For more up to date information on the situation, please see the Istituto Zooprofilattico Sperimentale delle Venezie, Italian National Reference Laboratory for Apiculture (IZSVe) website: http://www.izsvenezie.com/aethina-tumida-in-italy/
Arrival in the UK
The Beebase information sheet points out “At Risk” locations in the UK, where it suggested there may be the first cases of SHB IF it is imported into the UK.
It is worth noting you can order online Lemon trees direct from several horticultural suppliers well within the affected area, and some address seem to be very close to the infected sites, so please don’t order any lemon trees!
There is some research to suggest that it is spread through the transport of rotten Fruit such as lemons HERE
What does it look like?
Here is an America information leaflet about the Small Hive Beetle, with some good (if you can say that?) pictures of the Small Hive Beetle, larve and the effects on comb HERE
Scary video if you want to see some in an Italian hive during an inspection HERE
What does it do?
The short version is it destroys colonies of Bees by eating comb, and laying thousands of eggs that then infest the
comb, these then drop onto the ground to transform into more beetles!
(Photograph by Mark Dykes, University of Florida.)
How can it be controlled?
As with other pests of Honeybees there are ways that this invader can be controlled to an extent.
Hiive traps utilizing Oil and ingenious hive floors, as well as pesticides and comb changes may help control what is going on inside the hive, but what makes this pest different is it has to be controlled OUTSIDE the hive and around the Apiary as well.
The life-cycle of this Beetle is not limited to exclusively being dependent upon colonies of bees, the soil surrounding colonies could become a harbor for the pupae and larve.
An explanation of some of the current protective measures that can be used can be found HERE
Who to tell if you suspect you have Small Hive Beetle?
As with Asian Hornets ALL sightings should be reported IMMEDIATELY to the Non-Native Species Secretariat either via e-mail with a photograph if possible to firstname.lastname@example.org or they can be posted via their online form HERE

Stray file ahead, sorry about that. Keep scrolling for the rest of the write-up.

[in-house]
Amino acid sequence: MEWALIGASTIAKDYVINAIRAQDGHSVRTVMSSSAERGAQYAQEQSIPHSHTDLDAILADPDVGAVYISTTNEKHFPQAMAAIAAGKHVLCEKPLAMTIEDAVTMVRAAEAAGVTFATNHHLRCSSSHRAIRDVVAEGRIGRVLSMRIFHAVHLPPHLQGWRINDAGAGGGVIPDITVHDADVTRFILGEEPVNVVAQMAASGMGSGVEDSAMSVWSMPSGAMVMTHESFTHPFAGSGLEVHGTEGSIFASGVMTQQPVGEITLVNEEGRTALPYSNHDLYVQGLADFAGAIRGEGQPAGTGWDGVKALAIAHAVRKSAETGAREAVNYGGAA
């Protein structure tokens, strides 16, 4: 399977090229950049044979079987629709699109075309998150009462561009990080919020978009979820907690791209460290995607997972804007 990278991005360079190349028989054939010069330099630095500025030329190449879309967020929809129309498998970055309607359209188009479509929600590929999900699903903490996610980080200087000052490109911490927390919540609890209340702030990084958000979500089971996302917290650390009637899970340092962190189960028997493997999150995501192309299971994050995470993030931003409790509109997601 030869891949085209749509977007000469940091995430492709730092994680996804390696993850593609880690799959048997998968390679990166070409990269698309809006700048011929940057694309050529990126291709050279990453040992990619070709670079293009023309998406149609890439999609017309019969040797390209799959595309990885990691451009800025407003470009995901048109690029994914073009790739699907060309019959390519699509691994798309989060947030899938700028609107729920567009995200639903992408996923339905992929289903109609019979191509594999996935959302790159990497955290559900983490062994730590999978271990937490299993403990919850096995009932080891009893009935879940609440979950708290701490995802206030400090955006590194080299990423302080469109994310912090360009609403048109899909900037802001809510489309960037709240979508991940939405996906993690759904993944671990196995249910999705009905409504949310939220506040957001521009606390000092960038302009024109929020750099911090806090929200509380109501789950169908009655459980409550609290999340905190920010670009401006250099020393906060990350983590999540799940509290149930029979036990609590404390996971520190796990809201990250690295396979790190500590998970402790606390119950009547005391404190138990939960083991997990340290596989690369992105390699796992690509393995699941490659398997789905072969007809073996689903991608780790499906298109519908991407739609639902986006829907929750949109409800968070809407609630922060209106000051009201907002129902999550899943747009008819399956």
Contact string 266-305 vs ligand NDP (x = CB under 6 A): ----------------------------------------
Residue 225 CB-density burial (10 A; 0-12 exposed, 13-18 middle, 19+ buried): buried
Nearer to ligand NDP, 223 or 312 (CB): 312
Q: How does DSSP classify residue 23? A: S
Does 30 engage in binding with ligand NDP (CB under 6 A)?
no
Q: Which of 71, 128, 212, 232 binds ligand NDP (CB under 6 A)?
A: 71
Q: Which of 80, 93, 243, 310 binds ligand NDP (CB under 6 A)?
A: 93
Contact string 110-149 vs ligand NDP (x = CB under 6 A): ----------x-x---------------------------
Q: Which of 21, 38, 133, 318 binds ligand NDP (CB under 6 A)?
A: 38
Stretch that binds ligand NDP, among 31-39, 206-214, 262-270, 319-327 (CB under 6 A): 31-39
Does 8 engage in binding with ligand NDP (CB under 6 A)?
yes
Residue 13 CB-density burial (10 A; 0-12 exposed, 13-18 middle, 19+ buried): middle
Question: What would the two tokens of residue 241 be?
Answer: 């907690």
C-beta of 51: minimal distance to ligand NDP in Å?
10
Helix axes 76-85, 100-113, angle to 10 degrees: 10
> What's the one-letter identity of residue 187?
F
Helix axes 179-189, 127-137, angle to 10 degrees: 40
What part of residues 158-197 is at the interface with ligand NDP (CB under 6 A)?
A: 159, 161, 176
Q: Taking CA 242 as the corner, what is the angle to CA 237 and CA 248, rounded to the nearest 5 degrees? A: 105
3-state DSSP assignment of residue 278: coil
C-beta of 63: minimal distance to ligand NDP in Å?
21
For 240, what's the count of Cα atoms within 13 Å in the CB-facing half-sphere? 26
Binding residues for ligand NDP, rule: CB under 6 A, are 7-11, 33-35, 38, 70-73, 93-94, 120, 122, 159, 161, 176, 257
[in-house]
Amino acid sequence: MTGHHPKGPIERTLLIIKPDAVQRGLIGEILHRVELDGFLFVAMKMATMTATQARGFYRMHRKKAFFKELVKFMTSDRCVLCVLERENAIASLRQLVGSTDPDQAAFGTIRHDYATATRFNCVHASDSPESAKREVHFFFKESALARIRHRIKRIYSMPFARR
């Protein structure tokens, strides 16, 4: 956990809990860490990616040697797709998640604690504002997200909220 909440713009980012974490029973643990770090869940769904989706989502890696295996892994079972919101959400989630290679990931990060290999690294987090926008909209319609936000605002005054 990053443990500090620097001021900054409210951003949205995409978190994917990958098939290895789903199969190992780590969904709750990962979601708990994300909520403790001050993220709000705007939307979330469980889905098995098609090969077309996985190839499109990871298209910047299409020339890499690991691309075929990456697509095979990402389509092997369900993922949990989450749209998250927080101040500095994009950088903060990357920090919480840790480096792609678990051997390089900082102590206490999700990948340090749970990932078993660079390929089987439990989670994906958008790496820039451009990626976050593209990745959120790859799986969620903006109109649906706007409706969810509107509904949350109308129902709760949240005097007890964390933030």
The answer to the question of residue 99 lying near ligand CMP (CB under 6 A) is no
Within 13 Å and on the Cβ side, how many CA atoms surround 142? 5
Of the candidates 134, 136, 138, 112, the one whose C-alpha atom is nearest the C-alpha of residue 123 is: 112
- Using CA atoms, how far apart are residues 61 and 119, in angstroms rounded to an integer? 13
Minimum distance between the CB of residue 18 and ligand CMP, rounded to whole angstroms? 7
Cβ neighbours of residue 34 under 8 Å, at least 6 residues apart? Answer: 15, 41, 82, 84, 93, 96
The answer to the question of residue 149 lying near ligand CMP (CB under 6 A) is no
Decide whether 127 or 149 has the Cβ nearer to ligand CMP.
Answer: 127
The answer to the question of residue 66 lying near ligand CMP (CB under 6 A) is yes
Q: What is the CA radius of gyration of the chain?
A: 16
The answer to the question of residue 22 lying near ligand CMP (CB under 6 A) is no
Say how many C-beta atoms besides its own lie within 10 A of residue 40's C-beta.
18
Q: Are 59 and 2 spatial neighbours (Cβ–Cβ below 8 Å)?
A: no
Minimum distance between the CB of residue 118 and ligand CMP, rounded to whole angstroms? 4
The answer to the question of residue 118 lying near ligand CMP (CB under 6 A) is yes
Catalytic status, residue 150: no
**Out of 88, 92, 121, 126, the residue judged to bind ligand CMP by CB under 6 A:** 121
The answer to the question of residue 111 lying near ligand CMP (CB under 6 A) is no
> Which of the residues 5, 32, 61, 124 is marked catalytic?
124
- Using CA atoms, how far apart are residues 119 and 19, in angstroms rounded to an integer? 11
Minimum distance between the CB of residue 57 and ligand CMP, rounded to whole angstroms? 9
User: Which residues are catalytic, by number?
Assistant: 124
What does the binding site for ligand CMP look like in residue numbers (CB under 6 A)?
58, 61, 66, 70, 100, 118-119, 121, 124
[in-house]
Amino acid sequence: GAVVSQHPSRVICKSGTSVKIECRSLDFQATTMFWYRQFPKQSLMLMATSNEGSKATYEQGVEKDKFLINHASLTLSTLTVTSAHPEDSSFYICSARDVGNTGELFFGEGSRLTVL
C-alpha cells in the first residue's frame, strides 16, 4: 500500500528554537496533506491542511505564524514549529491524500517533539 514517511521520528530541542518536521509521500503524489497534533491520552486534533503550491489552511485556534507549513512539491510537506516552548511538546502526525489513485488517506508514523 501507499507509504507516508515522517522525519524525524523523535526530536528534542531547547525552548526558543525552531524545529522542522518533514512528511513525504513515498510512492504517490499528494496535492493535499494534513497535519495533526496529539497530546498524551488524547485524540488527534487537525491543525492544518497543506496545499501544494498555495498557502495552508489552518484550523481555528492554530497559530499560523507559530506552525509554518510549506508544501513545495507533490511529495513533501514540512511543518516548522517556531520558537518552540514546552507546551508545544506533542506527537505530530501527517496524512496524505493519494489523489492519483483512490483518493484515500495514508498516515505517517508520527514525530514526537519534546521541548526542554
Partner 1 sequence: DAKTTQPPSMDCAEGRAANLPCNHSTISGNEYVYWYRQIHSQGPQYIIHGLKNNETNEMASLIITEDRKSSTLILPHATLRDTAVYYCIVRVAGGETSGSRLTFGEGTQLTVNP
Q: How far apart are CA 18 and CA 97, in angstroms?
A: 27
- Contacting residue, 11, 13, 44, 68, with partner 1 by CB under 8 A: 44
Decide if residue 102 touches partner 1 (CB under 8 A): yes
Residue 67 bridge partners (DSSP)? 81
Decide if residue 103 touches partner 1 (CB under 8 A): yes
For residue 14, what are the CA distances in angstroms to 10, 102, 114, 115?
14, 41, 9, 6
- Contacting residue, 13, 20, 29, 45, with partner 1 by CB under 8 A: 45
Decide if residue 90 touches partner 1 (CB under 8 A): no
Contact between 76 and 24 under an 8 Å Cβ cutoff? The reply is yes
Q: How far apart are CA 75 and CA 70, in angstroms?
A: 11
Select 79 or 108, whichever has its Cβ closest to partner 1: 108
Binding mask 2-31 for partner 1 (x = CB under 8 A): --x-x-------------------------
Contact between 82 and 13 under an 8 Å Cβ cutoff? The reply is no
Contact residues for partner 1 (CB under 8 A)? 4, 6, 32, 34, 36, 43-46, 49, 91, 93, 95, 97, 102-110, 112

It would also be good practice to report this to your local BBKA Branch and area Association as soon as possible.
What can you do to prevent it arriving?
Firstly do not under any circumstances import any bees from abroad, there are some very good UK bee breeders who can provide bees of differing varieties from existing stocks. The UK has an advanced program of “Black Bees” that are more suited to our climate and are better temperament for those who engage in recreational beekeeping.
Please support UK bee breeders and consult with your local branch BEFORE buying bees; it will save you money and could stop the spread of this invasive species of beetle.
Please be aware that a lot of advertisements promising “pure bred Italian Queen Bees”, are nothing of the sort, as in order for this to be the case these bees must come exclusively from pure Italian Bees stock reared in Italy; and after a season in the UK they will evolve into the current hybrid strain off bees in your locality anyway!
BBKA Guidance notes for importing Bees into England HERE
BBKA news updates on SHB will be found HERE
Italian presentation to European Standing Committee on Plants, Animals, Food and Feed, Animal Health and Welfare (short title) – HERE
Here is an article summarizing the spread to southern Italy HERE
A view of Italian beekeeping in Calabria HERE
BBKA Press release about SHB – Feb 2017 –HERE
Perhaps it re-iterates the simple philosophy
>>> DO NOT IMPORT ITALIAN BEES OR BEE PRODUCTS<<<<